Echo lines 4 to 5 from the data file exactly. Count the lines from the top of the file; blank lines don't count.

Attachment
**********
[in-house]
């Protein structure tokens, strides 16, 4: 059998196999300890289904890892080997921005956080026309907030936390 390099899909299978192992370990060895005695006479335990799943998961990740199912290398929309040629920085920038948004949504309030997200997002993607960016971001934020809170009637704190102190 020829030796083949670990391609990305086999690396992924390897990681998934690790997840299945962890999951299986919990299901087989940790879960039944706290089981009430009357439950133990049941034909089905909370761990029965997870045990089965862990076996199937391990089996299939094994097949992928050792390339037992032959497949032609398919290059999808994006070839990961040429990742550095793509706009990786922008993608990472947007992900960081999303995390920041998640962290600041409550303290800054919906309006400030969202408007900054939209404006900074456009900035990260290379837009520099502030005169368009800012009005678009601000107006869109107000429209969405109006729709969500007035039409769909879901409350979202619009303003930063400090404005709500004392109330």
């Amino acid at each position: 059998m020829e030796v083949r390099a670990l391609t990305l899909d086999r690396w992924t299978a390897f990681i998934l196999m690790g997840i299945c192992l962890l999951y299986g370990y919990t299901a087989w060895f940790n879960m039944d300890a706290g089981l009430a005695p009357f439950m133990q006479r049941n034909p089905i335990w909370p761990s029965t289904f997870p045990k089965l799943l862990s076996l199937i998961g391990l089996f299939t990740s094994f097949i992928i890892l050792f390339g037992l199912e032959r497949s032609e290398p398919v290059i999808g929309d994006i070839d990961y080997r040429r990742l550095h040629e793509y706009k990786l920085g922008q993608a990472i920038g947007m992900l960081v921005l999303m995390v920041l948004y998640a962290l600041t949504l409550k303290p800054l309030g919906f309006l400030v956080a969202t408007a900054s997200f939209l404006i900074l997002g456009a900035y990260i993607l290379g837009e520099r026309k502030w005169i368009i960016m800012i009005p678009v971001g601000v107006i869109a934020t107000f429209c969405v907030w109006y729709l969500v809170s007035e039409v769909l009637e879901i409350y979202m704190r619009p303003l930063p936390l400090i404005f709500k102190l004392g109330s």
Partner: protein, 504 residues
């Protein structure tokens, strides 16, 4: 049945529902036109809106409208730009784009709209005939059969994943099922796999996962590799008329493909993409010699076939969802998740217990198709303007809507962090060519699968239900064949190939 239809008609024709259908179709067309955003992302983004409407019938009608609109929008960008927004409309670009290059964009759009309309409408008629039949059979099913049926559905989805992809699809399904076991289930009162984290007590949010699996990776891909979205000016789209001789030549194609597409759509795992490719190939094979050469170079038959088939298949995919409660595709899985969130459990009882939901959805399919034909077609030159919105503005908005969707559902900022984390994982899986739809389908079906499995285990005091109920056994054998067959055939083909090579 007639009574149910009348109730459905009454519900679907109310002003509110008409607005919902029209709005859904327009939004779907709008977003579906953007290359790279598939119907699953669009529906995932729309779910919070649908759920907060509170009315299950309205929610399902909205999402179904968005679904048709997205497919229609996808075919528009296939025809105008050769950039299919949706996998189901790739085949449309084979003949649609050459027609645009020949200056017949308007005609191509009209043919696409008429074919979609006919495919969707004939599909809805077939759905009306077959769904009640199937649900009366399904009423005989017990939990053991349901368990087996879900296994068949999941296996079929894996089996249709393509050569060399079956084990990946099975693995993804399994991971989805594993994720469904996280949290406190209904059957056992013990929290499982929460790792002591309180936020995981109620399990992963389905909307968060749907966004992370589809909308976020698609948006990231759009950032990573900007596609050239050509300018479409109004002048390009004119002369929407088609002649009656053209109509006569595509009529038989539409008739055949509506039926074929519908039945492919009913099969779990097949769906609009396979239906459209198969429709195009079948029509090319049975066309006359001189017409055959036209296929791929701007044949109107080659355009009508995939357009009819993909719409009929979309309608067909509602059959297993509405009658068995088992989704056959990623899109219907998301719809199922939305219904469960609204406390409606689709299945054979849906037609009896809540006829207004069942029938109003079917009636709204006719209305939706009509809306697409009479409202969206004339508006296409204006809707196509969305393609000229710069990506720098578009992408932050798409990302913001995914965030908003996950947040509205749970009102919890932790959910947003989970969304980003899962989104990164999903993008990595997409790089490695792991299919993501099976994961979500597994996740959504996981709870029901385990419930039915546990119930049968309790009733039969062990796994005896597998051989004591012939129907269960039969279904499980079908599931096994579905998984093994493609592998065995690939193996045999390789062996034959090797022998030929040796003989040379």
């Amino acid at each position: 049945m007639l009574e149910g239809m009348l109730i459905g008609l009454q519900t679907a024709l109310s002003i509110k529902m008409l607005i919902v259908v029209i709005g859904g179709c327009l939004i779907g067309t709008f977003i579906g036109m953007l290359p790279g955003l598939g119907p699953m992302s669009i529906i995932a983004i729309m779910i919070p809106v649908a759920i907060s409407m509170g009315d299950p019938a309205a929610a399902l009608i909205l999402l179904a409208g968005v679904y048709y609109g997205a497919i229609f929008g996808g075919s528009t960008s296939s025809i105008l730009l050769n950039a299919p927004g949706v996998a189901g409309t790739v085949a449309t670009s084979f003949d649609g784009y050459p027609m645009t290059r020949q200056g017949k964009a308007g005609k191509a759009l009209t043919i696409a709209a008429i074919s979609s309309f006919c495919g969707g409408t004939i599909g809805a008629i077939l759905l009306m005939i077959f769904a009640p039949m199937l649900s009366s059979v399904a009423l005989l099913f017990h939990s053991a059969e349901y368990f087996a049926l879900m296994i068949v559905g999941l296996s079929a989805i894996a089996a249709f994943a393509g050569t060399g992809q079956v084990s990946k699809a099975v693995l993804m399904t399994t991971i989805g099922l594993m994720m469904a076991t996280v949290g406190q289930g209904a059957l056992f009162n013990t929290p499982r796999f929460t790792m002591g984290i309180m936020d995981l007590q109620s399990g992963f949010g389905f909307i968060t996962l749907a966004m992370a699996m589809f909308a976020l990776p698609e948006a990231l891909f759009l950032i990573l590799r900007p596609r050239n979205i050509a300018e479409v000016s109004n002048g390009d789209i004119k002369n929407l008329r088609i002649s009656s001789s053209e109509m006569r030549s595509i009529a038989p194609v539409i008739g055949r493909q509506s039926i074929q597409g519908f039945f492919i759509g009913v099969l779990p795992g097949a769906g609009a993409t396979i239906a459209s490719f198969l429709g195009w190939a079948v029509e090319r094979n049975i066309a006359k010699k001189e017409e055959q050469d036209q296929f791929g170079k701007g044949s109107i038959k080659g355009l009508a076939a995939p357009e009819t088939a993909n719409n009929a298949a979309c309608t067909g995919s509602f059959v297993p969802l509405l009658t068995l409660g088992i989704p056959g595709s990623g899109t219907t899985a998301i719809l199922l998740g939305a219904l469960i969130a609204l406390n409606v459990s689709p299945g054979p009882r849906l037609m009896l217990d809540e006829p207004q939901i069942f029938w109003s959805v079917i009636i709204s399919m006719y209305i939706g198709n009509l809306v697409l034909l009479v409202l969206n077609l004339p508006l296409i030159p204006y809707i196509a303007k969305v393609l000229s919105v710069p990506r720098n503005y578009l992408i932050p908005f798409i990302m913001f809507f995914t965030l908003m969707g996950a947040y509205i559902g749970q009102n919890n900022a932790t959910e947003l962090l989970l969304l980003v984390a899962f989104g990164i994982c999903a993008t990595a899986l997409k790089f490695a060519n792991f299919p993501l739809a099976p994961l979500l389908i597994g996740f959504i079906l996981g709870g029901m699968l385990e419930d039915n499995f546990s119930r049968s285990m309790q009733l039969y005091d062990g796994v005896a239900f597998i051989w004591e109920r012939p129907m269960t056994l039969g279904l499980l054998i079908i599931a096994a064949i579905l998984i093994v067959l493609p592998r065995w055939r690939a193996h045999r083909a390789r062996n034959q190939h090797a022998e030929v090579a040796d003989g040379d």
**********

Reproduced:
Partner: protein, 504 residues
């Protein structure tokens, strides 16, 4: 049945529902036109809106409208730009784009709209005939059969994943099922796999996962590799008329493909993409010699076939969802998740217990198709303007809507962090060519699968239900064949190939 239809008609024709259908179709067309955003992302983004409407019938009608609109929008960008927004409309670009290059964009759009309309409408008629039949059979099913049926559905989805992809699809399904076991289930009162984290007590949010699996990776891909979205000016789209001789030549194609597409759509795992490719190939094979050469170079038959088939298949995919409660595709899985969130459990009882939901959805399919034909077609030159919105503005908005969707559902900022984390994982899986739809389908079906499995285990005091109920056994054998067959055939083909090579 007639009574149910009348109730459905009454519900679907109310002003509110008409607005919902029209709005859904327009939004779907709008977003579906953007290359790279598939119907699953669009529906995932729309779910919070649908759920907060509170009315299950309205929610399902909205999402179904968005679904048709997205497919229609996808075919528009296939025809105008050769950039299919949706996998189901790739085949449309084979003949649609050459027609645009020949200056017949308007005609191509009209043919696409008429074919979609006919495919969707004939599909809805077939759905009306077959769904009640199937649900009366399904009423005989017990939990053991349901368990087996879900296994068949999941296996079929894996089996249709393509050569060399079956084990990946099975693995993804399994991971989805594993994720469904996280949290406190209904059957056992013990929290499982929460790792002591309180936020995981109620399990992963389905909307968060749907966004992370589809909308976020698609948006990231759009950032990573900007596609050239050509300018479409109004002048390009004119002369929407088609002649009656053209109509006569595509009529038989539409008739055949509506039926074929519908039945492919009913099969779990097949769906609009396979239906459209198969429709195009079948029509090319049975066309006359001189017409055959036209296929791929701007044949109107080659355009009508995939357009009819993909719409009929979309309608067909509602059959297993509405009658068995088992989704056959990623899109219907998301719809199922939305219904469960609204406390409606689709299945054979849906037609009896809540006829207004069942029938109003079917009636709204006719209305939706009509809306697409009479409202969206004339508006296409204006809707196509969305393609000229710069990506720098578009992408932050798409990302913001995914965030908003996950947040509205749970009102919890932790959910947003989970969304980003899962989104990164999903993008990595997409790089490695792991299919993501099976994961979500597994996740959504996981709870029901385990419930039915546990119930049968309790009733039969062990796994005896597998051989004591012939129907269960039969279904499980079908599931096994579905998984093994493609592998065995690939193996045999390789062996034959090797022998030929040796003989040379």